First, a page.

Two hundred and forty four comments was enough.
Enough to learn that being a foreigner it isn’t my place to comment on US gun laws, nor the complexities of Constitutional amendments. Enough to learn that I am, in the eyes of some, a shameless opportunist that would use a tragedy to promote an agenda. Enough that, as is always the case, I should not overstep my bounds and forget that I am just an artist and therefore shouldn’t have an opinion.
Having read those 244 comments I will say this: if only poverty, human rights, and a plethora of other issues had the same stalwart advocates that firearms do, imagine what a world this would be.
Last night a man walked into a movie theatre and committed a crime. It’s not the first of its nature, be it in the United States or elsewhere, nor will it be the last. What occurred last night was tragic, but no more so than what occurred on 46 years ago at the University of Texas at Austin or in Norway last summer.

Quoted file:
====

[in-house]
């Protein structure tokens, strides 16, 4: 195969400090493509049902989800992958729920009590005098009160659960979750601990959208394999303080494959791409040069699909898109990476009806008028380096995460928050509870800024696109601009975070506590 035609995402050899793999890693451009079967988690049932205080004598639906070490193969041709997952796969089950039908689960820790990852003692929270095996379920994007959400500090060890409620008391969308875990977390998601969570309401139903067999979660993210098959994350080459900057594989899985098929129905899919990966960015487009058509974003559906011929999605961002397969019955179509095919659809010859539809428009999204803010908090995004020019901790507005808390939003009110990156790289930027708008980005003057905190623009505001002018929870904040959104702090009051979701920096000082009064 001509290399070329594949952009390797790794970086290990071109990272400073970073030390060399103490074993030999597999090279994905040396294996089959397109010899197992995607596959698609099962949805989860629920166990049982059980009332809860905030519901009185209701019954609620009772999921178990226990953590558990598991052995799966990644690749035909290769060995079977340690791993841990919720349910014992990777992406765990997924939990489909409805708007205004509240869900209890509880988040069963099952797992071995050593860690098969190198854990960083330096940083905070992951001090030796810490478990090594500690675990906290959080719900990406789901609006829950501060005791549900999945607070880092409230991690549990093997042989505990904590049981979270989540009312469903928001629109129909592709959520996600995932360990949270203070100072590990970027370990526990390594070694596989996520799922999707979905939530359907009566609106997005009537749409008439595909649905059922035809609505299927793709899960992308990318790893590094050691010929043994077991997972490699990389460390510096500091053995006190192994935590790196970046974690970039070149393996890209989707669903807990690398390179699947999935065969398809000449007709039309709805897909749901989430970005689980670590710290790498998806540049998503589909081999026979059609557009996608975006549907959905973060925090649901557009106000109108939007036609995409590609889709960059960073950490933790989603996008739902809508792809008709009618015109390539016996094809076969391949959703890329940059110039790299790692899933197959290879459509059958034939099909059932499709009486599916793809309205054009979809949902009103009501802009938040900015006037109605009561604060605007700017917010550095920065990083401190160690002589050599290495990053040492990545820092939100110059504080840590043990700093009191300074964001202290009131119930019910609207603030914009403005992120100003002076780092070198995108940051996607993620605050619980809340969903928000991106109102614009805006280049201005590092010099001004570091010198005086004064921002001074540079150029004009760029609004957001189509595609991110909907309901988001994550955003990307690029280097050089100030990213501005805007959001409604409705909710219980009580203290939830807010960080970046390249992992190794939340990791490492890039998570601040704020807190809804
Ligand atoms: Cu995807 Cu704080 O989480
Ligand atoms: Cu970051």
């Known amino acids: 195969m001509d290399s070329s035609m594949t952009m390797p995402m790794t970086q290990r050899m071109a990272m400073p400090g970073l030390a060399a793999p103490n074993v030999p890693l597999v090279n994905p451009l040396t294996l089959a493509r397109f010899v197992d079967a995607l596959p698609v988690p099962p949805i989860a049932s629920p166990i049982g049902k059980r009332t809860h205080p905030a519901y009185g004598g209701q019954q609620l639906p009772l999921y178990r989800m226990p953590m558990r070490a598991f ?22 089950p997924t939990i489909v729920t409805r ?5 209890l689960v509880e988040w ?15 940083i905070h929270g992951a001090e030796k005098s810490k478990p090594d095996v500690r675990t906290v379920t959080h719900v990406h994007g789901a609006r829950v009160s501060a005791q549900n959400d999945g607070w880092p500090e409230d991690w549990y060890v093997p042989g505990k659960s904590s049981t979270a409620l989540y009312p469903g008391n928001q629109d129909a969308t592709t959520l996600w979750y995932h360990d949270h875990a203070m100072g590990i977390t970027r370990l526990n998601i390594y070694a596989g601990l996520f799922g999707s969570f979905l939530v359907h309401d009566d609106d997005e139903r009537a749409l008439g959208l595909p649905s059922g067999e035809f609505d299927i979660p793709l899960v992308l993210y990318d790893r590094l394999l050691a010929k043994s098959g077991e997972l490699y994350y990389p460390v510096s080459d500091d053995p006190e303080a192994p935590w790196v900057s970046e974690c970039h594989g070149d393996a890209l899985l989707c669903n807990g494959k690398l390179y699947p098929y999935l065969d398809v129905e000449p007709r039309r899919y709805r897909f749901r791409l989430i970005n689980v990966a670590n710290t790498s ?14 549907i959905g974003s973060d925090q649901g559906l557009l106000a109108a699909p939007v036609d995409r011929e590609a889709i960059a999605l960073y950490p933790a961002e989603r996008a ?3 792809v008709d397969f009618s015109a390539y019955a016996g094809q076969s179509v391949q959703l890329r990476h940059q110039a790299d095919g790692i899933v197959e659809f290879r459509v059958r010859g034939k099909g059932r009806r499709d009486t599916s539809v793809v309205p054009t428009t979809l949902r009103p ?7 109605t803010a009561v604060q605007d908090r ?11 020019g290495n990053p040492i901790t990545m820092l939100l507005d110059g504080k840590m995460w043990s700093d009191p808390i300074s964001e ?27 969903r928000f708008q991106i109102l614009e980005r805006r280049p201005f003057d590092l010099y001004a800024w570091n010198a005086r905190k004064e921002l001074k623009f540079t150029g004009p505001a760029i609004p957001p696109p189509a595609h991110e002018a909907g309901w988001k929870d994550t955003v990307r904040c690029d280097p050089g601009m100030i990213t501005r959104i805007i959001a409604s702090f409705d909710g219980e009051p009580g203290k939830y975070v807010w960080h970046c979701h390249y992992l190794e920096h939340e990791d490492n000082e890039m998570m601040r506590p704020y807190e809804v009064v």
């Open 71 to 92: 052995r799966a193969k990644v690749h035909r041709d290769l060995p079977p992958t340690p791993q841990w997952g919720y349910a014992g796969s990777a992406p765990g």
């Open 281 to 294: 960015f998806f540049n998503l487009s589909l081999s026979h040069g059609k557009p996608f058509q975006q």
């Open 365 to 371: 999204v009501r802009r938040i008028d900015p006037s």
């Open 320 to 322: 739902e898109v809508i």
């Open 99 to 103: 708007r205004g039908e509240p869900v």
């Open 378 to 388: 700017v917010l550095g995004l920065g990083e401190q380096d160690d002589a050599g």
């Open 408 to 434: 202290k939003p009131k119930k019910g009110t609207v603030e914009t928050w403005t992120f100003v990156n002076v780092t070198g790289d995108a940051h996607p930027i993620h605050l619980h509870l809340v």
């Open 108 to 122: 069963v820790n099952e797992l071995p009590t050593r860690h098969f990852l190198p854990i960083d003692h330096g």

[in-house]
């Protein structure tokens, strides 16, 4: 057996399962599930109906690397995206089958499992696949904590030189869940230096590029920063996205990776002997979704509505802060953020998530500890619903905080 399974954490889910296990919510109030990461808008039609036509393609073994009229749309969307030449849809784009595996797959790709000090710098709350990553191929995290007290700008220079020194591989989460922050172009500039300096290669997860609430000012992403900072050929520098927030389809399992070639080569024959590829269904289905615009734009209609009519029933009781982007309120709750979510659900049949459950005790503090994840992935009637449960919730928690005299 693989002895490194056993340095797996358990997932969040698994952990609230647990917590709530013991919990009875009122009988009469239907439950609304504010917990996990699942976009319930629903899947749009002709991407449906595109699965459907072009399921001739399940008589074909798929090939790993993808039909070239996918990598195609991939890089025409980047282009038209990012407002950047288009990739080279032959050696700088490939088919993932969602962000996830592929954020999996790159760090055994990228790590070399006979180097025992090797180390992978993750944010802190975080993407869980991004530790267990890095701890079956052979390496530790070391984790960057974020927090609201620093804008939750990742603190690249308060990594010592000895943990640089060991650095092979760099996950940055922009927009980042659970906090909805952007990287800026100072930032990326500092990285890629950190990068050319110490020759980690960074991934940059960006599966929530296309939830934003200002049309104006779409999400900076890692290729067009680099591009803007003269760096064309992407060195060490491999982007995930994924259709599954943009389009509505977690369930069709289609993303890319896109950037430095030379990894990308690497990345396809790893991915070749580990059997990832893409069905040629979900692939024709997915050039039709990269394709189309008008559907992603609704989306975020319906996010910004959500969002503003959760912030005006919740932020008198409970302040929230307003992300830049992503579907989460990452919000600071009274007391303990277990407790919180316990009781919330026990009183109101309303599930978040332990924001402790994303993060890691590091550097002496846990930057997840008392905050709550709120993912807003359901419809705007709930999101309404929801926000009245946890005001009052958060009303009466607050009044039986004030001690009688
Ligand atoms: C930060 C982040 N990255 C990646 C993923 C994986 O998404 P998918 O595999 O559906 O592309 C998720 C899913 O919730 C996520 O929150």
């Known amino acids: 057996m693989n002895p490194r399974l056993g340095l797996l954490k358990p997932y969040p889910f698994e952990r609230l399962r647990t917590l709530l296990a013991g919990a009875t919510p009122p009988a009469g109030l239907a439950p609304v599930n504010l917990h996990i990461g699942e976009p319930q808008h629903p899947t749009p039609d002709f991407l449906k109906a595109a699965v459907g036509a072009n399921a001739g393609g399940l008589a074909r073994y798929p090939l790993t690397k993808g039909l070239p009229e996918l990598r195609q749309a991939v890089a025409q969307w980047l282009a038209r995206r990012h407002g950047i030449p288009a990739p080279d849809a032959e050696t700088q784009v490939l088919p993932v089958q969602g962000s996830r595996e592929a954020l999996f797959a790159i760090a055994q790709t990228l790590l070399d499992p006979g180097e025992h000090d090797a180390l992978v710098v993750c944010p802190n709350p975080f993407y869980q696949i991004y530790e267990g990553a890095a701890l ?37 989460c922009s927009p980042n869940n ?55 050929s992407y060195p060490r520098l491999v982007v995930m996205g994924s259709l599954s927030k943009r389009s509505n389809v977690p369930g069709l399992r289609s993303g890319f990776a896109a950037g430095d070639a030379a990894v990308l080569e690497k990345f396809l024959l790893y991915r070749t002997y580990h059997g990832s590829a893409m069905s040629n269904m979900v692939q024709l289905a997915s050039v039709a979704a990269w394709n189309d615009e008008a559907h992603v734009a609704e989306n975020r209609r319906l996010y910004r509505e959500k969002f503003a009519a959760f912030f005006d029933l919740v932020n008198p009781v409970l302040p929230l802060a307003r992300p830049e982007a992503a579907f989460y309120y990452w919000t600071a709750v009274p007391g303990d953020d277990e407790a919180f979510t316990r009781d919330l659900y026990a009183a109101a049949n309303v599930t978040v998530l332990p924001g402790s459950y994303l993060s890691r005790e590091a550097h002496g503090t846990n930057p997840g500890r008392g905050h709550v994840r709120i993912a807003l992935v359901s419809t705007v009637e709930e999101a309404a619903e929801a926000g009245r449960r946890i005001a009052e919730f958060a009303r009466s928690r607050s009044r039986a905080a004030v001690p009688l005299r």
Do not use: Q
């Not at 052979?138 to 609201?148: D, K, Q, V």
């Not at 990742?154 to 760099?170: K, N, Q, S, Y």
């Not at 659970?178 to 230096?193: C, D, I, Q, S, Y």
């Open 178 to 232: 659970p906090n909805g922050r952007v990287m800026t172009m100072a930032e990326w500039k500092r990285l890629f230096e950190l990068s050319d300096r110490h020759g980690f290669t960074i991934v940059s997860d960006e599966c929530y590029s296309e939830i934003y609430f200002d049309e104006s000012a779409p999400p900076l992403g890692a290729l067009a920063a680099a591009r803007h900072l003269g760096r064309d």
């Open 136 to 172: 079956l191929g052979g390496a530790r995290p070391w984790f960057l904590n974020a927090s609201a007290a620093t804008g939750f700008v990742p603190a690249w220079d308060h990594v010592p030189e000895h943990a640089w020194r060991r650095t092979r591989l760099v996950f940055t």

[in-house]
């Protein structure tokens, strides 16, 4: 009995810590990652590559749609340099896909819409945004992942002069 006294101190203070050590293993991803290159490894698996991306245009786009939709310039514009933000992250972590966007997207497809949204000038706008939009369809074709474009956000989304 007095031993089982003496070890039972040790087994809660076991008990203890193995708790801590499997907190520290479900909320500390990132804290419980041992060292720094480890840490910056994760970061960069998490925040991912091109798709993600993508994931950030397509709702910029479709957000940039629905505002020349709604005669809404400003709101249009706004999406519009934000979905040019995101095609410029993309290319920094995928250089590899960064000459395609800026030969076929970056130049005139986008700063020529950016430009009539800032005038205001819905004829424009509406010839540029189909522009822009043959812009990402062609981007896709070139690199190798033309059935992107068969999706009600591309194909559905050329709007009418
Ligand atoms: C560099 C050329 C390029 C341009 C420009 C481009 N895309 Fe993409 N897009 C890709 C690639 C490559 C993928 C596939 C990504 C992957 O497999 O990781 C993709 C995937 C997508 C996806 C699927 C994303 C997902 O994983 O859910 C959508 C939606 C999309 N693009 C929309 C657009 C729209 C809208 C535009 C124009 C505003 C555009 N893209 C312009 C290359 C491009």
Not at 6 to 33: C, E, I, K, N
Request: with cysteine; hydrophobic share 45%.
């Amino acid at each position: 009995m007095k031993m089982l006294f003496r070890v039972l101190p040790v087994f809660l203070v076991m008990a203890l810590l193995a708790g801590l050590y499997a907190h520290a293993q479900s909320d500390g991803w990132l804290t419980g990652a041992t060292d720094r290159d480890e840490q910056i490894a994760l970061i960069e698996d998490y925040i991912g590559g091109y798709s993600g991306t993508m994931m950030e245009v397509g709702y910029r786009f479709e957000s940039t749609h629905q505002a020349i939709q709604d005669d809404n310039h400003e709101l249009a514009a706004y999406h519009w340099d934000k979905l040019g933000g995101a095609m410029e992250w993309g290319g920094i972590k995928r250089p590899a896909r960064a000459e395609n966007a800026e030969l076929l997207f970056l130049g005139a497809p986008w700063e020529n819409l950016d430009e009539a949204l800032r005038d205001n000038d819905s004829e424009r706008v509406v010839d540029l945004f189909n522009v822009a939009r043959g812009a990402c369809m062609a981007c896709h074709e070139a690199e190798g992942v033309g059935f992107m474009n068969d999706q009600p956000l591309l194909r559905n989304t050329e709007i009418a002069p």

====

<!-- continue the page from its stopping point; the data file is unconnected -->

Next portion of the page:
We are the sons and daughters of violence. Utterly glorified, its imagery has become to us a long familiar bedfellow. From childhood we are inundated by its presence, as if new forged Alex’s having endured the Ludovico Technique in the womb. It’s perceived majesty engrained in our DNA precisely because we possess no frame of reference as to its realities.
To us, violence is a game until something ugly disrupts the constancy of the ubiquitous white noise in which we dwell. But even then, our Technicolor landscape is only momentarily disrupted by the briefest of shivers.
It is ludicrous to believe that something designed to kill should be viewed negatively. Such things are, after all, inanimate objects. But take no comfort in their insentience, for their ghosting voices emit a longing akin to that most ancient of jars gifted the earth formed daughter of Hephaestus. And that voice will never quiet, but urge the hand ever forward until the gun and person become indistinguishable.